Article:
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No. 9 Maryland field hockey falls to No. 4 Iowa in Big Ten Quarterfinal, 3-0

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The Terps suffer an early exit from the conference tournament race.

Everything was on the line today between No. 9 Maryland field hockey and a team it historically has dominated in No. 4 Iowa at the Big Ten Tournament.

With the Hawkeyes leading 2-0 and just around eight minutes to play in the first half, it was only going to take one more early goal to put the nail in the coffin for Iowa.

Midfielder/defender Esme Gibson attacked with persistence just outside the right half of Maryland’s shooting circle. Looking to find a teammate, Gibson fired the ball from about 15 feet outside of the circle. Forward Alex Wesneski, defended by midfielder Nathalie Fiechter, was streaking just inches in front of goalkeeper Noelle Frost. The goal, which was initially credited to Gibson but later was fixed, found Wesneski’s stick and deflected into the top left corner of the cage. Wesneski’s second goal of the day gave Iowa a 3-0 lead, and ultimately the 3-0 victory.

“We came out a little slow,” head coach Missy Meharg said. “Iowa is a very powerful team and dominated from the get go in the first 15 minutes, so really set the tempo for the match. Although we played a sustained great brand of hockey [in] the third and fourth, it was a lot of good hockey too late.”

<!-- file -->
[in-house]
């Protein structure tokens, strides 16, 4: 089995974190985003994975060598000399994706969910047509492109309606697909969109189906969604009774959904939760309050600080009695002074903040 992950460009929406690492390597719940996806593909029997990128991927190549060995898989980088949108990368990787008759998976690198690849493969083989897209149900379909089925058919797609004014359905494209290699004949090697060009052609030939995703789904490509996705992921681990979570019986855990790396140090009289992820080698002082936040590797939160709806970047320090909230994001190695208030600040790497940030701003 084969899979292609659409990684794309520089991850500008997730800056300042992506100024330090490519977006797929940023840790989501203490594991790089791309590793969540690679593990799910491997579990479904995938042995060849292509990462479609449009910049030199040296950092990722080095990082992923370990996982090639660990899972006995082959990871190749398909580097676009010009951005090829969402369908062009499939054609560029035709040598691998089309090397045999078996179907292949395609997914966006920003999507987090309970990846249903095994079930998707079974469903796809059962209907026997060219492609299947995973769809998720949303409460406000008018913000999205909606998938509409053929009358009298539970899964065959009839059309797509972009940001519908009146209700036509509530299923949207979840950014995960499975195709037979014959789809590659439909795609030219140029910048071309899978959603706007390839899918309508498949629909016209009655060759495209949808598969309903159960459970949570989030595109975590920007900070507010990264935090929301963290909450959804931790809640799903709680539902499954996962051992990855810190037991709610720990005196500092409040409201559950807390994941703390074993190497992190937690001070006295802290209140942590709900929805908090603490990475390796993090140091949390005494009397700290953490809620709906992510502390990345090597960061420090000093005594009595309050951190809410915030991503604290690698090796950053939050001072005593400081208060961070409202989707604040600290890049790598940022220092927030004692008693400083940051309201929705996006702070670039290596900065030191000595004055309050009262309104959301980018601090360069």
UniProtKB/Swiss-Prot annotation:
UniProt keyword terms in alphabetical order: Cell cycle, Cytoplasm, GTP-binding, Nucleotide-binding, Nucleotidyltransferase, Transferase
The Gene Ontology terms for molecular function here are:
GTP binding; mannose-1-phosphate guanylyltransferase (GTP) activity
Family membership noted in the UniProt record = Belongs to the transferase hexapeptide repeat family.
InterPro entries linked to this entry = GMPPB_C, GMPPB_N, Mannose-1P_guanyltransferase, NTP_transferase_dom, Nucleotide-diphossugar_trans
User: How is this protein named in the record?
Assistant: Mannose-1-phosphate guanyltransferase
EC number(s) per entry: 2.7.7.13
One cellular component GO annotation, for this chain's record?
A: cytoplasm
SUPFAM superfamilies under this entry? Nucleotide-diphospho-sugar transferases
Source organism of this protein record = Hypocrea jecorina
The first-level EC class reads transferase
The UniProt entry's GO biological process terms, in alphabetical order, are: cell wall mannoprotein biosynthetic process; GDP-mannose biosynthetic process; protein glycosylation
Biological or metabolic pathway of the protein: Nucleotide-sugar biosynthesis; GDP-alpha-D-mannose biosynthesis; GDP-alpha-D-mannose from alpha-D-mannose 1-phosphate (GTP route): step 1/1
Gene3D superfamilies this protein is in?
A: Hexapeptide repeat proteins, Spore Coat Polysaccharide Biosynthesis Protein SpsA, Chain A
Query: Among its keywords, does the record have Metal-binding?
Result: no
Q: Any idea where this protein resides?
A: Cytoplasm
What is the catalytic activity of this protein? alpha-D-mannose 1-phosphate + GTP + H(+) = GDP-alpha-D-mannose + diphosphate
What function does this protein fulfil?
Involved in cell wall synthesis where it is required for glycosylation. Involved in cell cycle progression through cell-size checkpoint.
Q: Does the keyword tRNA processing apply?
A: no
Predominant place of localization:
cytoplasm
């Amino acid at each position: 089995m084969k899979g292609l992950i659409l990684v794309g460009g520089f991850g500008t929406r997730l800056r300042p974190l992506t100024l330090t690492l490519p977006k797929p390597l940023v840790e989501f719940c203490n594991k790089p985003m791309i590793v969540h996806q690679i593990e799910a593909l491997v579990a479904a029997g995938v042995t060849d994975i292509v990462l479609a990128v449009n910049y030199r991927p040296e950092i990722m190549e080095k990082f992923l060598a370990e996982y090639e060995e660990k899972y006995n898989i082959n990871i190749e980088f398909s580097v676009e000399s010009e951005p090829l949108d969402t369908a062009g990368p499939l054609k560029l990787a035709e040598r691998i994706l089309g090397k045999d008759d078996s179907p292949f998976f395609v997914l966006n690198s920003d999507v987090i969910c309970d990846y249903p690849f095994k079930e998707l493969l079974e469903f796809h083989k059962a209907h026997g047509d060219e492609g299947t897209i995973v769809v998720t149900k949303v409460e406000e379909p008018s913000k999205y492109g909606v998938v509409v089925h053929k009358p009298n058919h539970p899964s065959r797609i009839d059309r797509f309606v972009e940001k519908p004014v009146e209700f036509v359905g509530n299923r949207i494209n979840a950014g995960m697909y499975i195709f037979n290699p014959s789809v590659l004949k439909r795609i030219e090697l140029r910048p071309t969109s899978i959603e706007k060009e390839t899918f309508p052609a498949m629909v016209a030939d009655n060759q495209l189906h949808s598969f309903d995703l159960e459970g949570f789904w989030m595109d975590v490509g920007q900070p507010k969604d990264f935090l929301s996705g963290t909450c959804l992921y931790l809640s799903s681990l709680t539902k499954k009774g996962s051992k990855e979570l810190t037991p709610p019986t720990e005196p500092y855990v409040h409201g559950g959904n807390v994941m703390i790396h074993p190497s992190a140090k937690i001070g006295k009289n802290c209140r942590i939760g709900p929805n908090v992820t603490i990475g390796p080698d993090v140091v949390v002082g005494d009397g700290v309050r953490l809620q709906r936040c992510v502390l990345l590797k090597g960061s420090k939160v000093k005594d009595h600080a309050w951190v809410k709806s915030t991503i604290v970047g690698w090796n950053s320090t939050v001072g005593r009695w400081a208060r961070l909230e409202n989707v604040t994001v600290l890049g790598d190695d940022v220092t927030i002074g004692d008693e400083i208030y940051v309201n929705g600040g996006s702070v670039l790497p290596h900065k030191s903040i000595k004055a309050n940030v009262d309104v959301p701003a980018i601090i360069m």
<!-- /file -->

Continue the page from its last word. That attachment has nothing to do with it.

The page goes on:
The third meeting between the two teams this season, with each being played in Iowa City, Iowa, did not take long to get going.

The Hawkeyes earned the first penalty corner of the match with about 10 and a half minutes to play in the first quarter and made sure to capitalize off it. Forward Maddy Murphy inserted the ball to forward Leah Zellner, who set it perfectly for midfielder Ellie Holley. Holley fired the shot at a diving Frost, and the ball went off her glove and into the back of the cage for a 1-0 Iowa lead.

The Terps responded with a penalty corner of their own just seconds later, but it was blocked before they could register a shot.

Iowa took advantage of the Terps’ missed opportunity almost immediately, pushing deep into Maryland’s zone. Gibson used her speed to make a move deep into Maryland’s shooting circle, and she crossed the ball through the Maryland defense and over to Wesneski. Wesneski trickled the ball past goalkeeper Noelle Frost to give the Hawkeyes an early 2-0 lead.

Maryland again responded with a penalty corner, but it was unable to get a shot off as the ball flew over defender Maura Verleg’s stick.

Iowa came storming down the field again, and Murphy had a golden chance to give Iowa a controlling 3-0 lead. Frost came out of the cage to make a diving save, keeping the game within reach for the Terps.

The first quarter wrapped up with the Hawkeyes dominating and not only leading 2-0 but having all three shots by either team in the quarter.

Iowa continued to play with great speed in the second quarter, as Wesneski had a chance at her second goal with just over nine minutes to play, but Frost came out of the cage to make her second great save of the day.

It was Wesneski’s goal just about a minute later that gave the Hawkeyes a commanding three-goal lead.

Maryland had a great look to respond with about three minutes to go in the half, but Taylor Mason’s beaming shot at the cage was wide left.

The first half ended with Iowa in cruise control, winning 3-0 on its home field against a top-10 team nationally when it mattered most.

To start the third quarter, Maryland still continued to struggle to get anything going. Iowa’s pressure was relentless and it dictated the tempo it wanted the match to be played at.

The Terps finally generated something, earning their third penalty corner of the game with just under nine minutes to go in the third frame. Verleg had a clean look at the cage to cut the deficit to two, but midfielder Harper Dunne made a smart defensive play allowing the shot to go wide.